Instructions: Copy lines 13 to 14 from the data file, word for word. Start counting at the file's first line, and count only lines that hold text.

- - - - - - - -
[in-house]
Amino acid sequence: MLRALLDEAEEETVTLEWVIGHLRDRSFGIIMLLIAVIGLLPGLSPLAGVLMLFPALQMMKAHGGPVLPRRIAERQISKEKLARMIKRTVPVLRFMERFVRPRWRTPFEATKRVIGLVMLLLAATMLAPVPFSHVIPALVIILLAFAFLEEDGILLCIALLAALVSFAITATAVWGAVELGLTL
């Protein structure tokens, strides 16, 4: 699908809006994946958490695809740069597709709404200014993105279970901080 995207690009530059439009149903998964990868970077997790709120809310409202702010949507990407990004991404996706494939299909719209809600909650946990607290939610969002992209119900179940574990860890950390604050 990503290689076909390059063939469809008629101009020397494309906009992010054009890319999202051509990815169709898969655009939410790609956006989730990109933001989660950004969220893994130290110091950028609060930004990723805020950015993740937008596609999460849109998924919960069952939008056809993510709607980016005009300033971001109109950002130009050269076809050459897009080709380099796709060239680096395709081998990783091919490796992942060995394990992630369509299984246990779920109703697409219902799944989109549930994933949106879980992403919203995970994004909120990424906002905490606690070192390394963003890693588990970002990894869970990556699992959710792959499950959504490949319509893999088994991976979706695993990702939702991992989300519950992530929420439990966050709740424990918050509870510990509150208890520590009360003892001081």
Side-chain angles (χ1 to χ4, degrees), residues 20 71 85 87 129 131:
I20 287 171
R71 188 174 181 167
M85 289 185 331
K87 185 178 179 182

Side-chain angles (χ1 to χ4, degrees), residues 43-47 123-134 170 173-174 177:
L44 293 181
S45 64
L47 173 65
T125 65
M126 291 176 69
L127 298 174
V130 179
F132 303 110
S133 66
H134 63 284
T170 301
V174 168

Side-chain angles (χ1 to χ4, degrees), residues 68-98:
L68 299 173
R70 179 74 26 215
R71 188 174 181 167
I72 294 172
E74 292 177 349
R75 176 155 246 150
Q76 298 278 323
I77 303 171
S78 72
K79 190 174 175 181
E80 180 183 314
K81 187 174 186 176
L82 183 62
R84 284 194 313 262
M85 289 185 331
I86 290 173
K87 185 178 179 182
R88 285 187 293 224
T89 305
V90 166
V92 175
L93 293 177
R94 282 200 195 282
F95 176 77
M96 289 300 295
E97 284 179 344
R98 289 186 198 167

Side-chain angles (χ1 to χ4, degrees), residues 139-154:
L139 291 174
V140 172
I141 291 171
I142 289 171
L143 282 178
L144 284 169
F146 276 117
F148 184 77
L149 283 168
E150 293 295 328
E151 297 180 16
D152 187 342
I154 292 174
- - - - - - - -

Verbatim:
T125 65
M126 291 176 69